The real reason why Movile Cave has shocked the entire scientific world was in fact the weird ecosystem found inside. Several animal species, of which 33 were completely new, have been found in this absolutely independent bionetwork.
The novelty resides in the discovery of the first ecosystem on Earth whose life is based on chemosynthesis (life without oxygen). According to scientists, this procedure was supposed to be possible only on Mars, Europa and other planets, but never on Earth.
Among the creatures found inside the Movile Cave there were two pseudo scorpions, a 10 cm millipede whose bite is venomous and extremely dangerous, a very unusual water scorpion, four spiders and a new species of leech. All the underground residents are characterized by a pale color, total lack of vision and giant antennas used to move in the dark. It is believed that these living fossils have survived for millions of years, their refuge in the Movile Cave beginning taking place during the Ice Age. Larry Lemke, a prominent researcher at NASA whose main preoccupation is to investigate the existence of life on Mars, has compared Movile Cave’s living conditions with those on Mars.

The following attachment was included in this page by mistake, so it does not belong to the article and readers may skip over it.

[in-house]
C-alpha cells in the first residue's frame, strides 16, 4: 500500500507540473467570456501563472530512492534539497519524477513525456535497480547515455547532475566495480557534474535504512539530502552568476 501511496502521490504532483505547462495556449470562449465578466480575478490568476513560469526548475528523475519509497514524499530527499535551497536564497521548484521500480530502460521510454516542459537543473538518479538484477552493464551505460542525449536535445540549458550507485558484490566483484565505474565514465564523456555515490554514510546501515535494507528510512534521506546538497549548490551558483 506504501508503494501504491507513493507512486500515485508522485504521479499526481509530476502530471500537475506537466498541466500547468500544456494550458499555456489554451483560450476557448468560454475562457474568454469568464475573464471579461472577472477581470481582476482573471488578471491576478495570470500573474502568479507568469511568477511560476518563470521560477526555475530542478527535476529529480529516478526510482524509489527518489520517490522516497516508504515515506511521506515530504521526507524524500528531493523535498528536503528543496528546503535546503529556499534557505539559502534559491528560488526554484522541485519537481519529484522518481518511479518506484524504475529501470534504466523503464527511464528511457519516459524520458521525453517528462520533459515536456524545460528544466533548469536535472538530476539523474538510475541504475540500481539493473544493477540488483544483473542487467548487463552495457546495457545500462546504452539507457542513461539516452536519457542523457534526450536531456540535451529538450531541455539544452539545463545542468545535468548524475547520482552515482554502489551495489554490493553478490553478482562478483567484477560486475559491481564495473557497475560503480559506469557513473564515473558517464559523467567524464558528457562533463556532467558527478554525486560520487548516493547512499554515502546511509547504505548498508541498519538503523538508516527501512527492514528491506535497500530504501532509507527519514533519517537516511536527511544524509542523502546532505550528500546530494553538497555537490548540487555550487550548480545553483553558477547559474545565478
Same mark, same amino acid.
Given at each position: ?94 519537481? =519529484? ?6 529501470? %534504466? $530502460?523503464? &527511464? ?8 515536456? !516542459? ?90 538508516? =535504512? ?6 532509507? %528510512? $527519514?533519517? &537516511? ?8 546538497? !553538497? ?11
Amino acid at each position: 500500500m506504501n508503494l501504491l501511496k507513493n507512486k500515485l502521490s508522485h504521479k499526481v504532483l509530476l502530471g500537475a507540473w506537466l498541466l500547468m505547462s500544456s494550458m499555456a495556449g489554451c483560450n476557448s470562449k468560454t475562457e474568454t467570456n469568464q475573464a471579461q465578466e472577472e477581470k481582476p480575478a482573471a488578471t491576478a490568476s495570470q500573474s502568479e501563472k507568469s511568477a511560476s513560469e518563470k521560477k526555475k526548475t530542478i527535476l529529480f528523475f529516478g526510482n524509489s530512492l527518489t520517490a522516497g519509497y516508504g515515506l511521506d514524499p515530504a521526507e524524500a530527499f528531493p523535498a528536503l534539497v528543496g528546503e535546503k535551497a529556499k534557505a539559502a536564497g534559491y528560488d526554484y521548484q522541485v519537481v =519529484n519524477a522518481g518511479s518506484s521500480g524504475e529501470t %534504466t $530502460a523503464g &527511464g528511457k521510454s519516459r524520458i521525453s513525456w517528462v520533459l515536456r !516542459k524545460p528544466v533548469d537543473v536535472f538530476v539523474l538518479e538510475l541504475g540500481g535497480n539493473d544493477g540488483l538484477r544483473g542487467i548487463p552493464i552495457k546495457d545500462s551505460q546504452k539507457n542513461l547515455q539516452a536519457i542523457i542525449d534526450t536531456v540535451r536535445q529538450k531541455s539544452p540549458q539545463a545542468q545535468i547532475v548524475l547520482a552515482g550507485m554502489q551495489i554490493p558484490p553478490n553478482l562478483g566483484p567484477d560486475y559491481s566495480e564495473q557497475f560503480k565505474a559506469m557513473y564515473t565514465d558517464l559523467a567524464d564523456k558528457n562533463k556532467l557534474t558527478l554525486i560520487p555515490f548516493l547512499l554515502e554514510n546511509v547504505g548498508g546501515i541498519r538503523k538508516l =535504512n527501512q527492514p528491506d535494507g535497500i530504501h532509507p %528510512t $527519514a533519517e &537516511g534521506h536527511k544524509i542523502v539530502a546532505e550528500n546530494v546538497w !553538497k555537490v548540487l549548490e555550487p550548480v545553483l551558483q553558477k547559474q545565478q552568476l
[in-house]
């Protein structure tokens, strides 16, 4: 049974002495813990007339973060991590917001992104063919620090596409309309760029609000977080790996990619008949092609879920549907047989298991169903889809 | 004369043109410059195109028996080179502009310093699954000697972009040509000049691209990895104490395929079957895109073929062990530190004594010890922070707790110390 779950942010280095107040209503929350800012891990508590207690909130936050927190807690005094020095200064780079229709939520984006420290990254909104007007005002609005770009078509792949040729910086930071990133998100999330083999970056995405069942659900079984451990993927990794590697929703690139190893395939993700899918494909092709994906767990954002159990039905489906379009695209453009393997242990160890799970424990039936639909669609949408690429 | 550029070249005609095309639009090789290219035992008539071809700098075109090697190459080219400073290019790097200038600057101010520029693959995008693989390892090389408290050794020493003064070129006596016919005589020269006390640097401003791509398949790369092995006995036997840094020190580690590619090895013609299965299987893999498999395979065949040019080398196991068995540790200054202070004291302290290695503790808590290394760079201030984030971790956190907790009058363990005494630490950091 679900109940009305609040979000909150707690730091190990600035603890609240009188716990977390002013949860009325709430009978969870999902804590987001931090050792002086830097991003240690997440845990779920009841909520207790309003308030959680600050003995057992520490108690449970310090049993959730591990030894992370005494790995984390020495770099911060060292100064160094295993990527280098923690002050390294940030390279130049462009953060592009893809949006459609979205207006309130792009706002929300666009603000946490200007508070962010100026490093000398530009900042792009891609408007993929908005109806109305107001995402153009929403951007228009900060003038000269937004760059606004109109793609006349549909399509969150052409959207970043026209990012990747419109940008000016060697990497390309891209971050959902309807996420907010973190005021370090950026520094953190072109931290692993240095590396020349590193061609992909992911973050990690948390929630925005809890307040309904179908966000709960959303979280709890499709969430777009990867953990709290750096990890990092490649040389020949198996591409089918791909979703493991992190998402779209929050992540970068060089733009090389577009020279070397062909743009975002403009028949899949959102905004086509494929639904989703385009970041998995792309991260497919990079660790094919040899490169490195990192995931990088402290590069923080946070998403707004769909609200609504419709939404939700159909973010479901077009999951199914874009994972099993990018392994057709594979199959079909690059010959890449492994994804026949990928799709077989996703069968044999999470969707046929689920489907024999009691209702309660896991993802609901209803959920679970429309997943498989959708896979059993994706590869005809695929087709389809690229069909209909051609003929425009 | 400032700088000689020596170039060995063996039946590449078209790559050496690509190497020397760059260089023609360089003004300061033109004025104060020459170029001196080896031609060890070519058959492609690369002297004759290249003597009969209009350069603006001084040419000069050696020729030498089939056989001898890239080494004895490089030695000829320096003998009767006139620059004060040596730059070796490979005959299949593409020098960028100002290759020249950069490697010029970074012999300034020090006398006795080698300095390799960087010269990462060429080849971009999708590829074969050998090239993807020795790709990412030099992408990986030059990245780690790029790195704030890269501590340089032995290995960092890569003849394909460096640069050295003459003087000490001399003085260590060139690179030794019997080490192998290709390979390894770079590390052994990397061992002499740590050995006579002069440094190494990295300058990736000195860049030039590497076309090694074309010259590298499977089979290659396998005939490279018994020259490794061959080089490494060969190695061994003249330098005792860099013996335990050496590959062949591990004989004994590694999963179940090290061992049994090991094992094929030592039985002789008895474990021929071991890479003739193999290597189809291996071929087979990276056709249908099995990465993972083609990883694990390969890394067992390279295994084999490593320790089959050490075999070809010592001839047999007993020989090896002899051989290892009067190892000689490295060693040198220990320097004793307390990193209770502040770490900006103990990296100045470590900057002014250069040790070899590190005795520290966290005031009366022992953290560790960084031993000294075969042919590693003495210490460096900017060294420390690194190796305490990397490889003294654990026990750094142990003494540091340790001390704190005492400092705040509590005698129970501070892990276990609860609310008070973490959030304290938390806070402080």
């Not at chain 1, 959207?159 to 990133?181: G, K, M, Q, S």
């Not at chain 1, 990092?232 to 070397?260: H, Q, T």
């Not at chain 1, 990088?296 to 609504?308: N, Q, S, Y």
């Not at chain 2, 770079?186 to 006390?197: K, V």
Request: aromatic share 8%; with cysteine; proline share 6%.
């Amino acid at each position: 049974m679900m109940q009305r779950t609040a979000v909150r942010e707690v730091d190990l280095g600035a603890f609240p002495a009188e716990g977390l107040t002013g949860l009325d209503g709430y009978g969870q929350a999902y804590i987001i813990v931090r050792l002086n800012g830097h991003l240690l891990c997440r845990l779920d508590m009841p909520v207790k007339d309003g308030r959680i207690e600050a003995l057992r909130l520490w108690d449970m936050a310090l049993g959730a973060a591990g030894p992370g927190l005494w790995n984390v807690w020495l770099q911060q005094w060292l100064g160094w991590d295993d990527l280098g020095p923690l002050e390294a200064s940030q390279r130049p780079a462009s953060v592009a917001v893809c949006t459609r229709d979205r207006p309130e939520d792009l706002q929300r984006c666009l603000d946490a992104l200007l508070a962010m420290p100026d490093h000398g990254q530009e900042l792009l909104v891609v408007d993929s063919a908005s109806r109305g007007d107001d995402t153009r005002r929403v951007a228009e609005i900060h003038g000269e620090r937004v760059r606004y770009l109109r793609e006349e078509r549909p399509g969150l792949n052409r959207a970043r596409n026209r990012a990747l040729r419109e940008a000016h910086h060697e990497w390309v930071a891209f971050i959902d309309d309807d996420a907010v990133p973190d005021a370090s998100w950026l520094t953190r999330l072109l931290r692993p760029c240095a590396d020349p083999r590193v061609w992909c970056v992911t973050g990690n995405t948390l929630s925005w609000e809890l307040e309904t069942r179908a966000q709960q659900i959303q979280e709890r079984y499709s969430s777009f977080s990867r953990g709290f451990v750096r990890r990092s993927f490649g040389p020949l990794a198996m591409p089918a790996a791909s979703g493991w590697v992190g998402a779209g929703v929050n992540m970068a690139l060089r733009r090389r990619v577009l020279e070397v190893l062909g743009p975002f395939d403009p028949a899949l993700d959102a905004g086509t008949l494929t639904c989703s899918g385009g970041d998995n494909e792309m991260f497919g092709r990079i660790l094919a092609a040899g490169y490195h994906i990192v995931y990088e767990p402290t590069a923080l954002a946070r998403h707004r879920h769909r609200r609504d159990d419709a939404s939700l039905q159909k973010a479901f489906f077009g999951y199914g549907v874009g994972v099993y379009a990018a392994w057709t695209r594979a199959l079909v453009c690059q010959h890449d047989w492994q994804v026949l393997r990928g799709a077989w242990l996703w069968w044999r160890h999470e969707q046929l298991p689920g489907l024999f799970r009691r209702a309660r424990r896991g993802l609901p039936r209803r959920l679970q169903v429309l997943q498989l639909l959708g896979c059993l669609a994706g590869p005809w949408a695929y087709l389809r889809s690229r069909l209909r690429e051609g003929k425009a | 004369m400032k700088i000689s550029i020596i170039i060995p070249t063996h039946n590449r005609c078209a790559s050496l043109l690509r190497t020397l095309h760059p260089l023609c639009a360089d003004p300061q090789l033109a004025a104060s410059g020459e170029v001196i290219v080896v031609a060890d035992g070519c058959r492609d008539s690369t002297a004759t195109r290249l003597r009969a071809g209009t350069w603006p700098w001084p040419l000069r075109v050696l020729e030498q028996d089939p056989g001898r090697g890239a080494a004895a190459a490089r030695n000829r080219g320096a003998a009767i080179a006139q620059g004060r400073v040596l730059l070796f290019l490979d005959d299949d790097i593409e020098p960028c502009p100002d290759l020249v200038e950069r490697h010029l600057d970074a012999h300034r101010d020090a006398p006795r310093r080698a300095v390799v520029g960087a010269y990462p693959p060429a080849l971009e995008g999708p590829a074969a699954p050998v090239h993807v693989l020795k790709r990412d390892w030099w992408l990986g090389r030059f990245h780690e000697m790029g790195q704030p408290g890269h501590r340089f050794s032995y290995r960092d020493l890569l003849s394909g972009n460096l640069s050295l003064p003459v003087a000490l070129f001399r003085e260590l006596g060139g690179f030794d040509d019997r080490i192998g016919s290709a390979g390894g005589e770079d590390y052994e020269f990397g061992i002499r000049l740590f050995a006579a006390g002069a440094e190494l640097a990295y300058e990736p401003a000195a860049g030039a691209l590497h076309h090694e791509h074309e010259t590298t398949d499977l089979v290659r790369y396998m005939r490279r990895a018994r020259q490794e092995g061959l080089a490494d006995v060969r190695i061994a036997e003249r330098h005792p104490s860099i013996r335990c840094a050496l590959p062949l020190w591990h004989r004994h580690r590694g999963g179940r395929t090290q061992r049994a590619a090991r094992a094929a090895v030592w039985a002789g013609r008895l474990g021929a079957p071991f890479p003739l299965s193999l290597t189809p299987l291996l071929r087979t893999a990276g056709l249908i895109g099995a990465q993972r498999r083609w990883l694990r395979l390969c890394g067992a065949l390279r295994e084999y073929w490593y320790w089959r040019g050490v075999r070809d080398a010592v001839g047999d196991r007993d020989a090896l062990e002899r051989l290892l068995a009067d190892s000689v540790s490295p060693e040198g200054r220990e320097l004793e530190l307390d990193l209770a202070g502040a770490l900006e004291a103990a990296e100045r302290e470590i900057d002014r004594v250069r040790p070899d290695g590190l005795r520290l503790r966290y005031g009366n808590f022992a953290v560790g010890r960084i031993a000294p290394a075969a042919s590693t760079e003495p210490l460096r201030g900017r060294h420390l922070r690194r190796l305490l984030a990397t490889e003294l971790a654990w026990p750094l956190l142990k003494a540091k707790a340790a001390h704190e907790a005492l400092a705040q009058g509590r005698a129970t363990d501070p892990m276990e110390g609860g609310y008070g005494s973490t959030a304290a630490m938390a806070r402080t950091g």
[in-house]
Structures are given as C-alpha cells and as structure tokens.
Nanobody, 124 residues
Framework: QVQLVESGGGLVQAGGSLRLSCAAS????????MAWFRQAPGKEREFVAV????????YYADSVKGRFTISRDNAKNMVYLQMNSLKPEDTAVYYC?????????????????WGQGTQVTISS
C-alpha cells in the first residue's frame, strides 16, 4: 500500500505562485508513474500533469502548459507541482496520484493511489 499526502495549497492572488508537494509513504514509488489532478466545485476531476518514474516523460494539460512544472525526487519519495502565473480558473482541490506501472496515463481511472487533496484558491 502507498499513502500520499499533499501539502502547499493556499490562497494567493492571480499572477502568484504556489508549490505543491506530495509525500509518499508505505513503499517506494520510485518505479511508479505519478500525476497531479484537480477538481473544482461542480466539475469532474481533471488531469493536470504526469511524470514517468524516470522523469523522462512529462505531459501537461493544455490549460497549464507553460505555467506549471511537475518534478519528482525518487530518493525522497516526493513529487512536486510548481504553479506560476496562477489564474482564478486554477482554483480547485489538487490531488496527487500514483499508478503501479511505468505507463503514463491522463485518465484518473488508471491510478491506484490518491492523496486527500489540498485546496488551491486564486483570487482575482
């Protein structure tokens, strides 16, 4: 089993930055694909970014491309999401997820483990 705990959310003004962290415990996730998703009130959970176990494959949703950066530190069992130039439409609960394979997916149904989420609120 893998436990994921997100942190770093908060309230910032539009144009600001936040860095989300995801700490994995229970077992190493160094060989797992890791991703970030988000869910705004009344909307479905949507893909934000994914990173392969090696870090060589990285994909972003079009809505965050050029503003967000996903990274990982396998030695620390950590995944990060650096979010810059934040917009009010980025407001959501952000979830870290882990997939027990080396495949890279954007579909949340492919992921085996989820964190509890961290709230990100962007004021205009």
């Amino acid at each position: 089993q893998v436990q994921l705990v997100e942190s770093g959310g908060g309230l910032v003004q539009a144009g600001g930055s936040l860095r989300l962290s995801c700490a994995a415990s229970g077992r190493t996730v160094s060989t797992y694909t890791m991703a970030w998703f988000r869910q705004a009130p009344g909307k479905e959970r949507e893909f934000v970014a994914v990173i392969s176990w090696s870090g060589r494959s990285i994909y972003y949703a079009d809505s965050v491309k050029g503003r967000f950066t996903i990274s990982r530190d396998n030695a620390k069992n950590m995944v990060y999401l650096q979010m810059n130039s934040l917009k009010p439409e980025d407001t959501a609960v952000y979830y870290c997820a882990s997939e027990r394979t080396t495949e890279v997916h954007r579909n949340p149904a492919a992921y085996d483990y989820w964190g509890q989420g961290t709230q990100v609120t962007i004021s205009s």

There has been a complete lack of light and thriving poisonous atmosphere in the cave. But this toxic atmosphere has helped in the creation of bizarre creatures that are never before seen by humans. There exists unique scorpions, spiders, woodlice and centipedes who owe their lives to the presence of a strange floating mat of bacteria.
Most creatures in Movile Cave are believed to have arrived over five million years ago when limestone sealed the entrance. Most insects have since adapted to the complete darkness by losing their eyes and pigmentation. Many have also developed longer legs and antennae to feel around in the dark. The ecosystem relies entirely upon chemosynthetic bacteria that extract carbon from the air without the aid of light. The most numerous bacteria use carbon dioxide, and others get their carbon from methane. The bacterial film on the water and walls is where all the nutrients enter this ecosystem, and it’s the only known example of such a system. Small animals eat the slime, and larger animals eat them.